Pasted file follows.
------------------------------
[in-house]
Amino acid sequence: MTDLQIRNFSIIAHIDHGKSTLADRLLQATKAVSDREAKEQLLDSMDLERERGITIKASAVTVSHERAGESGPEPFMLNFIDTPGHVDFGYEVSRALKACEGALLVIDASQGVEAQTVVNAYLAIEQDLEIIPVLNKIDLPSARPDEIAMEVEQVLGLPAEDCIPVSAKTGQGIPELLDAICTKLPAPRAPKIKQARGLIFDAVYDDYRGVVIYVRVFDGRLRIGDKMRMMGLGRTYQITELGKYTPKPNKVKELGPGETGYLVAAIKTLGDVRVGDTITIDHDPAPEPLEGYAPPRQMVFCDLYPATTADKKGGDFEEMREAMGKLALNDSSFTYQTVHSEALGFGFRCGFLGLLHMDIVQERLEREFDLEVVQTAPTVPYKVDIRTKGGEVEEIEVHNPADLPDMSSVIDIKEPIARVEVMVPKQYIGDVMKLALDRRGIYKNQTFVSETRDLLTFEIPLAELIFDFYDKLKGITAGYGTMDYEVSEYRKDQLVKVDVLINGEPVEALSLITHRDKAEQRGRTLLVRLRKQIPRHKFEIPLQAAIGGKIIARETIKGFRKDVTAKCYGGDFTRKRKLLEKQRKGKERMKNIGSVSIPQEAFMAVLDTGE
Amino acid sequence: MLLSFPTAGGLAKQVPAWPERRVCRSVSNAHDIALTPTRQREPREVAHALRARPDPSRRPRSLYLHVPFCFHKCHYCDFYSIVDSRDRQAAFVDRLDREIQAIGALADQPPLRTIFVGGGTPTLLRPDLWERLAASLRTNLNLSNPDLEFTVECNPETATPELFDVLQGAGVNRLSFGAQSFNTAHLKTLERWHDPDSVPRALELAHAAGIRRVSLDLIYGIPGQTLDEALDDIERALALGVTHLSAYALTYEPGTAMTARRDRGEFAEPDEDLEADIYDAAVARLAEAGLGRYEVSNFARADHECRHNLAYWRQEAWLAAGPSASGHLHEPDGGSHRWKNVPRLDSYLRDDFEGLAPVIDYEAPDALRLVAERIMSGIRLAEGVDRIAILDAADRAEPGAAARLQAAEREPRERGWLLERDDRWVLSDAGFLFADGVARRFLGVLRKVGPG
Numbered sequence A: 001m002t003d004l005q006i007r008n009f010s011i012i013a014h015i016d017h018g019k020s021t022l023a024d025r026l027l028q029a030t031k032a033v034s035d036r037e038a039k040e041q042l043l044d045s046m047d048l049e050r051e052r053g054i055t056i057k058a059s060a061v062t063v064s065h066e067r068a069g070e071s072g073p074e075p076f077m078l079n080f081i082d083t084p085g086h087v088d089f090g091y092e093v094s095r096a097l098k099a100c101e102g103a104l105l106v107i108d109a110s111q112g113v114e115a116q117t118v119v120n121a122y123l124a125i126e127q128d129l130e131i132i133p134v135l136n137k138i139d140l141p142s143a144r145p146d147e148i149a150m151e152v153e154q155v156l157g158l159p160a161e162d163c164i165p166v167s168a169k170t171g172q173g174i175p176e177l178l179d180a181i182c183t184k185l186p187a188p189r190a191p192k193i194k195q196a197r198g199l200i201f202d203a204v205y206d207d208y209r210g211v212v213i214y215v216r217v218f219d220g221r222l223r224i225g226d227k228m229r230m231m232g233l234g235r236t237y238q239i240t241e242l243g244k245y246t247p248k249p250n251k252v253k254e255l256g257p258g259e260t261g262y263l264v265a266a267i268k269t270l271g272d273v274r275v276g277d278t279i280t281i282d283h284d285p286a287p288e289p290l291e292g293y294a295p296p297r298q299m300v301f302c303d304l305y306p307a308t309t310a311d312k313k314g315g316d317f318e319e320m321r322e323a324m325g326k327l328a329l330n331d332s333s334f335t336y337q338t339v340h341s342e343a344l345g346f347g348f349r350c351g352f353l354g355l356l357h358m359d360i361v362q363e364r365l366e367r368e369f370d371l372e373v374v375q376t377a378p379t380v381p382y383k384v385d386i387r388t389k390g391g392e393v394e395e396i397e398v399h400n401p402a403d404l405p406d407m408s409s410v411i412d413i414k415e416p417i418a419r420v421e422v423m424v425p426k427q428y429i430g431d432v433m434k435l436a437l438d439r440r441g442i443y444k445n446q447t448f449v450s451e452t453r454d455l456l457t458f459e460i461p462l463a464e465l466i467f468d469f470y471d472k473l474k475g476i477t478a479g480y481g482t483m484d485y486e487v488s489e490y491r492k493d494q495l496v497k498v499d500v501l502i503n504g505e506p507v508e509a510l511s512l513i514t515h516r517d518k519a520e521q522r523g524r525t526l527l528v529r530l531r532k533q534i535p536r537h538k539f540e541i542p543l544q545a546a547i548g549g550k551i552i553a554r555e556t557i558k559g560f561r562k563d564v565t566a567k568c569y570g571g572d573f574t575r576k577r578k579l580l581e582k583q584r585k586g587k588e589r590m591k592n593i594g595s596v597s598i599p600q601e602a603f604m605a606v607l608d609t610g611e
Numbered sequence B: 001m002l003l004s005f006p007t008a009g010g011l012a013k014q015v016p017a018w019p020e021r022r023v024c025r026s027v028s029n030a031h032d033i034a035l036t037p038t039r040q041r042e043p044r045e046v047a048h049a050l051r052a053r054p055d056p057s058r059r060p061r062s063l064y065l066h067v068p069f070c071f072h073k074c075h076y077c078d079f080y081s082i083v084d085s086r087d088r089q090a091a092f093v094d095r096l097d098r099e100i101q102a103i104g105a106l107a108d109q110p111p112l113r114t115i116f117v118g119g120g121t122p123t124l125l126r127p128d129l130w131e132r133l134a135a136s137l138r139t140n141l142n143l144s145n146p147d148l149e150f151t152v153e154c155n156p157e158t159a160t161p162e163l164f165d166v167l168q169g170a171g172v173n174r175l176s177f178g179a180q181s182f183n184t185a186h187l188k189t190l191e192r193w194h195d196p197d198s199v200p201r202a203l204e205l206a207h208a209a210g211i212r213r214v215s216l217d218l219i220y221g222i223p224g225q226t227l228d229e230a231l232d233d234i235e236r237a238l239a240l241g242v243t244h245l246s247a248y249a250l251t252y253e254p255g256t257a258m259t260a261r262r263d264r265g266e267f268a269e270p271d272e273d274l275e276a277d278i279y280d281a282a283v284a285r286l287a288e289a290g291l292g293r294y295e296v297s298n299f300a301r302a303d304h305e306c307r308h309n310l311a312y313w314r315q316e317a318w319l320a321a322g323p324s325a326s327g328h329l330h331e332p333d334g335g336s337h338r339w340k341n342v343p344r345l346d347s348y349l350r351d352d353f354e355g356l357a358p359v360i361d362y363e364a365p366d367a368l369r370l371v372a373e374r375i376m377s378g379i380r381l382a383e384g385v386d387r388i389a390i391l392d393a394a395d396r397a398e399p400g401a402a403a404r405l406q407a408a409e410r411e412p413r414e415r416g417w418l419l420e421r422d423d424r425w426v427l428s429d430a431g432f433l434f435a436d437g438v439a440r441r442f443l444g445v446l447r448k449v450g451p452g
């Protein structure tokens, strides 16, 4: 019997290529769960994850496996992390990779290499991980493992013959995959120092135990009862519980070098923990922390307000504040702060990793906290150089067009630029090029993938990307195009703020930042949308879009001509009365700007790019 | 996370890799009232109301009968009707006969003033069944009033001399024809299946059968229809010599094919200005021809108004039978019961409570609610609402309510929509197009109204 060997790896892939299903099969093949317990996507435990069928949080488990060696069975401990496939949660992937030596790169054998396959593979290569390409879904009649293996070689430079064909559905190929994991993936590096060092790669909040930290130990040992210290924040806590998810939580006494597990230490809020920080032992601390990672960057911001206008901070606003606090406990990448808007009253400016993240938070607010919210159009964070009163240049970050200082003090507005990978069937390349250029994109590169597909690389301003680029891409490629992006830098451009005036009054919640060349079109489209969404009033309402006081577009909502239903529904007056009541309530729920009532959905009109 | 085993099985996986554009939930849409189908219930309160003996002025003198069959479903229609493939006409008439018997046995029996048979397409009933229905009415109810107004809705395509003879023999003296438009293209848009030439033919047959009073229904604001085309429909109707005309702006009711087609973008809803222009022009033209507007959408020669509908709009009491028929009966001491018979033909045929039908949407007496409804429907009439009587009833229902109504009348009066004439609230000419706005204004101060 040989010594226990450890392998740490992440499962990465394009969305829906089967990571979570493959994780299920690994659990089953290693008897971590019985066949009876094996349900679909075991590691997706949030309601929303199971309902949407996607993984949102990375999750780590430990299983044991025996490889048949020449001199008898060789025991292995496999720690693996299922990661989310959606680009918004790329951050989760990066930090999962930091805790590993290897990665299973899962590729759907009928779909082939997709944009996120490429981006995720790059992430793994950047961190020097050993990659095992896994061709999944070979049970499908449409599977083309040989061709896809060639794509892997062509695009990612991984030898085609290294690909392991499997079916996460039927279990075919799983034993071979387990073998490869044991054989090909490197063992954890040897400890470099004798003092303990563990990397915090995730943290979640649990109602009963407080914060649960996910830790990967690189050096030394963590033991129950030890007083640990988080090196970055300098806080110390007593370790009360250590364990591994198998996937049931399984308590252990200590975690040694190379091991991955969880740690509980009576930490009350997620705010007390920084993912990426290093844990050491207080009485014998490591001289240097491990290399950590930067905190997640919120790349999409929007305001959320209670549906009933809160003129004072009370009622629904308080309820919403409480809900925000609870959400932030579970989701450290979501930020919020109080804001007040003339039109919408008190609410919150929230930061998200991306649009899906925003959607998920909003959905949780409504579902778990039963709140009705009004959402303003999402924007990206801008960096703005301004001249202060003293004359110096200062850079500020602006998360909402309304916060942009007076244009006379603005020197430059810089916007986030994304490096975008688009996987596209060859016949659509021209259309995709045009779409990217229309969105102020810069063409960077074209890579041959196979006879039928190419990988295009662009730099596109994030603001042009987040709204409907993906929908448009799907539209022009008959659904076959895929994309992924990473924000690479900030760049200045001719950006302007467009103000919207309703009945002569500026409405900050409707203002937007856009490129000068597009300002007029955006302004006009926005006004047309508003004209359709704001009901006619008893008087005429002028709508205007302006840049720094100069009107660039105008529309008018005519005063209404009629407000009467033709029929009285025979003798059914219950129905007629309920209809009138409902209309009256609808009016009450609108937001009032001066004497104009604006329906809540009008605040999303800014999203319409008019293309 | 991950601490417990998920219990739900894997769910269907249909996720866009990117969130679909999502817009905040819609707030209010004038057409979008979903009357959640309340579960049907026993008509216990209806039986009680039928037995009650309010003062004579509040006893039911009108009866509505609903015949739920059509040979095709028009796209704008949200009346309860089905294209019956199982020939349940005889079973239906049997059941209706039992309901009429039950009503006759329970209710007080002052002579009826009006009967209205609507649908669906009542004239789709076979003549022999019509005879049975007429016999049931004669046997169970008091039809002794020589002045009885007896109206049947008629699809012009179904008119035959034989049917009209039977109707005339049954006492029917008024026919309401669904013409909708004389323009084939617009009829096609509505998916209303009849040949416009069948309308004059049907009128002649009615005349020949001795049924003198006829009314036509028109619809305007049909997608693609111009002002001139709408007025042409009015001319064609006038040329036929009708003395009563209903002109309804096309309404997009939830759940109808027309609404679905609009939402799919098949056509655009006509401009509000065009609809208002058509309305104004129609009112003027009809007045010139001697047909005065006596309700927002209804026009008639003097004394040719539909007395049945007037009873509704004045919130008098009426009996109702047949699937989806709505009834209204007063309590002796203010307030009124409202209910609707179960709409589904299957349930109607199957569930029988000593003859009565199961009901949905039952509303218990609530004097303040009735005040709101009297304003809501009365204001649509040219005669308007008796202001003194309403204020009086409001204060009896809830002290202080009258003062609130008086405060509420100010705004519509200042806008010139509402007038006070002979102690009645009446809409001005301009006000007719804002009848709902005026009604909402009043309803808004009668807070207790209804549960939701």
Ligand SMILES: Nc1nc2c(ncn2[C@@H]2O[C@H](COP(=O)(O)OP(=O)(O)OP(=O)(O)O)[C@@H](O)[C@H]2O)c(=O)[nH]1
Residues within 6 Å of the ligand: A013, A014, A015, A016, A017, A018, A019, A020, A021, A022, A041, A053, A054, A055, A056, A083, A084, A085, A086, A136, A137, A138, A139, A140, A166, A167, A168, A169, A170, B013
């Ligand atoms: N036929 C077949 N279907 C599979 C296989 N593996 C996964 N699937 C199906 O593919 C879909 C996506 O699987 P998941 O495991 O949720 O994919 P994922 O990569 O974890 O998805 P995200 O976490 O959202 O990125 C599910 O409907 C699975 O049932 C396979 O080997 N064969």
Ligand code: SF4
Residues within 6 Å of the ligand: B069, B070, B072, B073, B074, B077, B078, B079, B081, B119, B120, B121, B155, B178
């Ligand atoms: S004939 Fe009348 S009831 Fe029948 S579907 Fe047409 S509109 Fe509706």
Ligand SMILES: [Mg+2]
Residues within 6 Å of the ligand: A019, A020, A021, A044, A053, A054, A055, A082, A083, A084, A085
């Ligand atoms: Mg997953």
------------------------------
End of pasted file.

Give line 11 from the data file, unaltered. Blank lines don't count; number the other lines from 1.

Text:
Residues within 6 Å of the ligand: B069, B070, B072, B073, B074, B077, B078, B079, B081, B119, B120, B121, B155, B178